Wayfaring and Creative Practice in Tropical Far North Queensland Landscapes

Jacqueline Scotcher


Walking and the tropical Far North Queensland landscape of Australia have had a major influence on the author’s creative research. In this paper, immersive practice, which includes walking, is examined as a means to form connections with the natural environment and stimulate imaginative thought. These attributes have developed the author’s painting processes, which endeavour to enrich understandings of the landscapes of tropical far north Queensland. An immersive approach responds to the complexities of increasingly sedentary lifestyles and the tendency to engage with digital distractions in our high speed media-connected world. In this fast-paced realm, meaningful relationships with the natural environment can be reduced, with meandering and imaginative pursuits often becoming neglected. Living in Far North Queensland provides easy access to unique tropical landscapes to engage with. Walking receptively in such natural environments can provide a physical and mental counterpoint to  contemporary fastpaced lifestyles. Furthermore, walking provides opportunities to engage in ‘mindwandering’ and embodied experience that can enrich painting practice.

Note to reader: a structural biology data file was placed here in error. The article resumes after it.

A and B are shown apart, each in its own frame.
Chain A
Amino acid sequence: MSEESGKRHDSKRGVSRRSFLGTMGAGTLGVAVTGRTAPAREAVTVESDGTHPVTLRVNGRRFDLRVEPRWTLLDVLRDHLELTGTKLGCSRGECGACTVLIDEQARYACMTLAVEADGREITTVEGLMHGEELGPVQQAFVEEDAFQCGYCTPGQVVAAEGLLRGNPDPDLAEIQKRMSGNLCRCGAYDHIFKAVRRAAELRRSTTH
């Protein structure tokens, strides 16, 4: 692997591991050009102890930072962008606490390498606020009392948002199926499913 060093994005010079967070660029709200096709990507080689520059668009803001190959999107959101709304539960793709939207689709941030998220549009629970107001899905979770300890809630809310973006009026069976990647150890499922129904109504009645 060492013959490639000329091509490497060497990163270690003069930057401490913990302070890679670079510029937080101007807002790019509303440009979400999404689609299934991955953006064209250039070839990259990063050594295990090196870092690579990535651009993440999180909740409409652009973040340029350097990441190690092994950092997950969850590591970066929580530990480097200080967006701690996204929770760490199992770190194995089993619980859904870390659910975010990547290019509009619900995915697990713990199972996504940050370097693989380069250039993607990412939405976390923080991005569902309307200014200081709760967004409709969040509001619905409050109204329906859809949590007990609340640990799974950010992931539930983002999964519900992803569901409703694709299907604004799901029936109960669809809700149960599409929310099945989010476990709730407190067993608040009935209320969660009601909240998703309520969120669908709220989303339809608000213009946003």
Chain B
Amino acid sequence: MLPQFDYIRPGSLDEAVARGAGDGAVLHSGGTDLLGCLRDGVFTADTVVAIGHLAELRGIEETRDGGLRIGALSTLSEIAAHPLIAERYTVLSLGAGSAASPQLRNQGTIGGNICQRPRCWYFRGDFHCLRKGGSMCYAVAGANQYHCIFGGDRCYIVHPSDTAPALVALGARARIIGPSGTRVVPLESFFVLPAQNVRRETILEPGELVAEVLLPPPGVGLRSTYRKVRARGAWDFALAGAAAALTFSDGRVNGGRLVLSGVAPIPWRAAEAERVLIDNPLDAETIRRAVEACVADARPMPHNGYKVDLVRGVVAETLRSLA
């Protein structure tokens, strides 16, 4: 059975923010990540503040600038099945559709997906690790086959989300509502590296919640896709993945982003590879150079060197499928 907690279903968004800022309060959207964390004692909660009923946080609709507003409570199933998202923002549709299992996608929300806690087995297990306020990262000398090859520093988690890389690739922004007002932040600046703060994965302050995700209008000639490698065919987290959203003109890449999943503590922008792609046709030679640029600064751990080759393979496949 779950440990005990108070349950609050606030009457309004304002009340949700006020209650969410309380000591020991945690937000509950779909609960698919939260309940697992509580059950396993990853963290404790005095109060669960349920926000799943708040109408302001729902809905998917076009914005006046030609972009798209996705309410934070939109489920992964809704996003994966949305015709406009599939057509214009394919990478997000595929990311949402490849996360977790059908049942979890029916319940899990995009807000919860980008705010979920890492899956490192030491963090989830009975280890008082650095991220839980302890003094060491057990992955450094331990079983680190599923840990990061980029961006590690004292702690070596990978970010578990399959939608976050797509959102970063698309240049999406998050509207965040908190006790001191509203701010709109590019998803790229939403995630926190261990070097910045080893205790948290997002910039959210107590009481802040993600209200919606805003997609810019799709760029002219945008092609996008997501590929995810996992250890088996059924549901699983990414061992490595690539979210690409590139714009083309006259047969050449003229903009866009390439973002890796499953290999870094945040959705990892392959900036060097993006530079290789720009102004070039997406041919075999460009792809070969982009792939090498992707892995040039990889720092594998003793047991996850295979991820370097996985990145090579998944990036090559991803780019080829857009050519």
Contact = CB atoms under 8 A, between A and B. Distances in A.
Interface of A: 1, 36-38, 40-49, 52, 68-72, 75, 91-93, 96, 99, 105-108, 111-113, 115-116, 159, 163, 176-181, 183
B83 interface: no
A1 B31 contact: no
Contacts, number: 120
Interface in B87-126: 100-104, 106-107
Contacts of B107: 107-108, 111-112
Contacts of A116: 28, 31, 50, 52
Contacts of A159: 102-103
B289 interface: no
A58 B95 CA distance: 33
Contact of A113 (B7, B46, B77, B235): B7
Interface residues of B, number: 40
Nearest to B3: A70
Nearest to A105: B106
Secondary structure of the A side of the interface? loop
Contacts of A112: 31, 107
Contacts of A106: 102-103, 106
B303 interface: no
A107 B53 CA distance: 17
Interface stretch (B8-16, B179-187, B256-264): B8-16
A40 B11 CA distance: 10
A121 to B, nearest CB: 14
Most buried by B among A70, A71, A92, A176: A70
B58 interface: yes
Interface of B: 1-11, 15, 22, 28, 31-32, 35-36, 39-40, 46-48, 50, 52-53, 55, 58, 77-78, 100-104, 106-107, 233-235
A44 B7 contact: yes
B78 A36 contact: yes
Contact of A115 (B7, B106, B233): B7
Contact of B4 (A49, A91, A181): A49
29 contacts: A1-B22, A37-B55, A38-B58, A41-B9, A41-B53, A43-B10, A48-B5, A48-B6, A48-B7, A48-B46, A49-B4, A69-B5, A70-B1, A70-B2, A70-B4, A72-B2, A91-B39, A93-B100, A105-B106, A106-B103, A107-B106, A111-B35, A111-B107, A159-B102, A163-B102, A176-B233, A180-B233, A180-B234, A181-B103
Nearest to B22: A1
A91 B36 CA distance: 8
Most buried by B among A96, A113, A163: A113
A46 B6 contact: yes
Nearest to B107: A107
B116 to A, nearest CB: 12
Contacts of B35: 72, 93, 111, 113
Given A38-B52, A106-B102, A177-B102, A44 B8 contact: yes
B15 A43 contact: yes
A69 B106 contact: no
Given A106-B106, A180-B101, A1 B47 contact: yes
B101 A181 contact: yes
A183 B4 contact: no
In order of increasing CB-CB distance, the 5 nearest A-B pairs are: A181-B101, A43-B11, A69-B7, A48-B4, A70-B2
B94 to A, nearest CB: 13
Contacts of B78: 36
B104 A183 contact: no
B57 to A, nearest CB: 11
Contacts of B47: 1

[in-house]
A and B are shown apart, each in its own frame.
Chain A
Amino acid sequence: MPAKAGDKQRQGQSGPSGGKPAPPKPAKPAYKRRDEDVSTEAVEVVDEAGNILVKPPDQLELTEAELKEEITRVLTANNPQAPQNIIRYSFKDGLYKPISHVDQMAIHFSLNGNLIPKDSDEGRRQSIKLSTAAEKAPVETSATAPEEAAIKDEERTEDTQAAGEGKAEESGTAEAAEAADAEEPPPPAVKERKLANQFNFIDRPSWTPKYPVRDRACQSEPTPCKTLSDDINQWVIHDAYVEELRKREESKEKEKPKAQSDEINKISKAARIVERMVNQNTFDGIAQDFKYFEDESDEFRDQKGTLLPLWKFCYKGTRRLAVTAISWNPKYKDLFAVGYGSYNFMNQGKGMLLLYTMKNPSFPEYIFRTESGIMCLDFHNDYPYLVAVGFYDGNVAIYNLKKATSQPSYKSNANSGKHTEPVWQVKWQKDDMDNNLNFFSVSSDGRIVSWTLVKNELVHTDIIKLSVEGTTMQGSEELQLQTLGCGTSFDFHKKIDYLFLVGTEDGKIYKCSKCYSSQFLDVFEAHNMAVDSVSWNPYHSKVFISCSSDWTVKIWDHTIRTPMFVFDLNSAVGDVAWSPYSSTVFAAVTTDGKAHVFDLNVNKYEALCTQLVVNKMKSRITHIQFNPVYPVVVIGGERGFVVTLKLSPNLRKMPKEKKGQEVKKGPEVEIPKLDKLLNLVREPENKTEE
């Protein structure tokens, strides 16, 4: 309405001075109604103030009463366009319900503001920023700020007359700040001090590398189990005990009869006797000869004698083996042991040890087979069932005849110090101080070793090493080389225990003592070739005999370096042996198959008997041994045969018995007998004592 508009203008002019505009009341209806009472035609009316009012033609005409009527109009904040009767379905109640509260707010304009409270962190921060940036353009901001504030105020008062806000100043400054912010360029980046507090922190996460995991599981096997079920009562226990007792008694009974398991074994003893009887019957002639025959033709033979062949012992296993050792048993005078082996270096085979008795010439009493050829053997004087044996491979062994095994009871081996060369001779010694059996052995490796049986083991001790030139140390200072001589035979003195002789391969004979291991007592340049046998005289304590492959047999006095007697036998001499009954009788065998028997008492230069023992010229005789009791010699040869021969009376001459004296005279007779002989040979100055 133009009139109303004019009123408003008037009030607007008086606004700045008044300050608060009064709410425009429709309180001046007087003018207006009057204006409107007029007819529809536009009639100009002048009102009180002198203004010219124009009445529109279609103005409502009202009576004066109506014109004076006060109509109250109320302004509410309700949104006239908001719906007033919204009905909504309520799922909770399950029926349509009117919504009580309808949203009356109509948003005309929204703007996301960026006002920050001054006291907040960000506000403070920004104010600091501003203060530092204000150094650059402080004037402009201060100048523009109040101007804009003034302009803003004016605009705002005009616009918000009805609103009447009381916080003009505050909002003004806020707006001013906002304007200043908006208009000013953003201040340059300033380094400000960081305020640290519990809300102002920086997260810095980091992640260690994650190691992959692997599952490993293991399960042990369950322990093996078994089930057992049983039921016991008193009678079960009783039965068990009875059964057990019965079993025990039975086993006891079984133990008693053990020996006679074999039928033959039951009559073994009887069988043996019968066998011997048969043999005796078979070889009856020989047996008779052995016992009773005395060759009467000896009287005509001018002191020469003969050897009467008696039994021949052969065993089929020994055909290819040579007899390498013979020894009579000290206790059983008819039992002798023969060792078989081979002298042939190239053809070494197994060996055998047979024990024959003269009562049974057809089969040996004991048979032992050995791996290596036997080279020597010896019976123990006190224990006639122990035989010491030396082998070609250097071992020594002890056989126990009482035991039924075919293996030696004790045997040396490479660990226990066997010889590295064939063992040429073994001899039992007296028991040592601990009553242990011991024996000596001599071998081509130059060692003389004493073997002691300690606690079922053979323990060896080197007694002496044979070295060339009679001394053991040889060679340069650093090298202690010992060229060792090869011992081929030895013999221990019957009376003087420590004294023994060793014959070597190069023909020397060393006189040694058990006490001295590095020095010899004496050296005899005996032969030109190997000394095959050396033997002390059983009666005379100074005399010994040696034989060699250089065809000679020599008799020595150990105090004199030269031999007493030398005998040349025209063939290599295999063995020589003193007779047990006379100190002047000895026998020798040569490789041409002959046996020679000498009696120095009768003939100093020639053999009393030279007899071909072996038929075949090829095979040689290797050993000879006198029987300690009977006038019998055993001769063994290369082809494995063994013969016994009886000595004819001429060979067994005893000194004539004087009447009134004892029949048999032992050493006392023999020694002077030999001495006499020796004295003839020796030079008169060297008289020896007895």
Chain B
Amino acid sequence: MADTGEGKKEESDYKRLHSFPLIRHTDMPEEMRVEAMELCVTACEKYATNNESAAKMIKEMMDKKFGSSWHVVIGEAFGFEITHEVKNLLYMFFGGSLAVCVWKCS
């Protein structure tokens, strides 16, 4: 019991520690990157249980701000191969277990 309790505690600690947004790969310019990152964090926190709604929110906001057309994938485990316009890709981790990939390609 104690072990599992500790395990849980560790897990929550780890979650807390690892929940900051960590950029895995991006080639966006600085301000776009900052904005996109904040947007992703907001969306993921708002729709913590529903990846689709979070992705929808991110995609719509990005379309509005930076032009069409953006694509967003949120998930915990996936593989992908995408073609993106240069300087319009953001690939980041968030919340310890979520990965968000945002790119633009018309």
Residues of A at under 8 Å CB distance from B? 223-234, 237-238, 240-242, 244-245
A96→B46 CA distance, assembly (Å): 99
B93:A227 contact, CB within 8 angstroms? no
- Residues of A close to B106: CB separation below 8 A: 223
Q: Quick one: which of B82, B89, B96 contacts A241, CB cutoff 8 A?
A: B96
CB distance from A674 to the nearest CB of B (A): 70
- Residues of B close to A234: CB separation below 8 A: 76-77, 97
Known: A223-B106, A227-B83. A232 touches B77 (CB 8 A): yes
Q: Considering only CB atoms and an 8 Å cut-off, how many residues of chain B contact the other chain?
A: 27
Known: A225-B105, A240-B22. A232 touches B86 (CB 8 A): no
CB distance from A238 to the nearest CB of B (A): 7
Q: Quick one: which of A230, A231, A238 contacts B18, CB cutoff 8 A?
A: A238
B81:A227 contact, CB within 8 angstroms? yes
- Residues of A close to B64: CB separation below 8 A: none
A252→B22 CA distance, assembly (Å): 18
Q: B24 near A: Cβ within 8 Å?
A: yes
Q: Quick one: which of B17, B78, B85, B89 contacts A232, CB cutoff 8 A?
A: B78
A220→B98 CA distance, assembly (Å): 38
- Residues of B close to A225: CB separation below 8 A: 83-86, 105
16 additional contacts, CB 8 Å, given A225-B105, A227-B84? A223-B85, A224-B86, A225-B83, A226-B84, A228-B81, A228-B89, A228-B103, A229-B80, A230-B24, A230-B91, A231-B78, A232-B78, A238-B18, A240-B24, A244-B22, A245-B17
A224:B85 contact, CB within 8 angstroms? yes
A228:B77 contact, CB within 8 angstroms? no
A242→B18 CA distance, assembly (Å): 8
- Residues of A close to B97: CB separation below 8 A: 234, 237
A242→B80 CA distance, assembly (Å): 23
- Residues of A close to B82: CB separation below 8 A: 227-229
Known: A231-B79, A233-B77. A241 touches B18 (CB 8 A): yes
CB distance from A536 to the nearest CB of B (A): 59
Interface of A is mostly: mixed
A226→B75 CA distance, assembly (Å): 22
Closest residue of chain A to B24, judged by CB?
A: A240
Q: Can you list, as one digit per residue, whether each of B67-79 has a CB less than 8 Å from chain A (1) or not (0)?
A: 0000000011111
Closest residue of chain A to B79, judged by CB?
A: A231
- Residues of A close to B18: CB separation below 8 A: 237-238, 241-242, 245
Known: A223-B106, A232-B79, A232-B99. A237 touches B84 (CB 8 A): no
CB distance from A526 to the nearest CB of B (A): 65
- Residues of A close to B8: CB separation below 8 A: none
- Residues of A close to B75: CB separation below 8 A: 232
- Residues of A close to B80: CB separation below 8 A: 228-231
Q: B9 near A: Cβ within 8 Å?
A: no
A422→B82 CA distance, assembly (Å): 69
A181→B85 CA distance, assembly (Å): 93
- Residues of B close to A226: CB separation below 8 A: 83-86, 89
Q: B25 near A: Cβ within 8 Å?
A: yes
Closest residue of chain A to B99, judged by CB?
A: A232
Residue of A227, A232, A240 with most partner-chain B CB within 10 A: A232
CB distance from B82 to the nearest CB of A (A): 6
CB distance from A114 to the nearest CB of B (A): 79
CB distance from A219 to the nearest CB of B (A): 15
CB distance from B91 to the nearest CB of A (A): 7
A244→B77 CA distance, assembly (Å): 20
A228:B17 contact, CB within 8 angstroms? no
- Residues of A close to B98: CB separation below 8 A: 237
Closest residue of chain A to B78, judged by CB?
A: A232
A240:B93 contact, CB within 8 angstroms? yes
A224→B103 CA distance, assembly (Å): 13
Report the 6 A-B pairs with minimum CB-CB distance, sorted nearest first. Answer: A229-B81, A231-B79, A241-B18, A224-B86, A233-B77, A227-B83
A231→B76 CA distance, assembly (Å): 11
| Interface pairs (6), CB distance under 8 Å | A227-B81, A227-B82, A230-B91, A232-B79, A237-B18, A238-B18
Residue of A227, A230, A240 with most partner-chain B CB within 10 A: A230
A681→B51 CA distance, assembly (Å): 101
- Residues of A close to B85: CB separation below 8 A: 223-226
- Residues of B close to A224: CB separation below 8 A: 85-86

The research presented in this paper celebrates life in tropical Far North Queensland and highlights the artist’s experience in this particular part of the world. Recently, the 29th of June was designated the International Day of the Tropics by the UN General Assembly, a day founded to raise  awareness and consideration of both the challenges and opportunities faced by tropical regions of the world. (stateofthetropics.org). This designated day provides space for the author/artist to reflect upon the diverse culture and ecosystems of the region and position her artistic practice within a broader context of ideas relating to tropical environments.

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DOI: https://doi.org/10.25120/etropic.15.2.2016.3541


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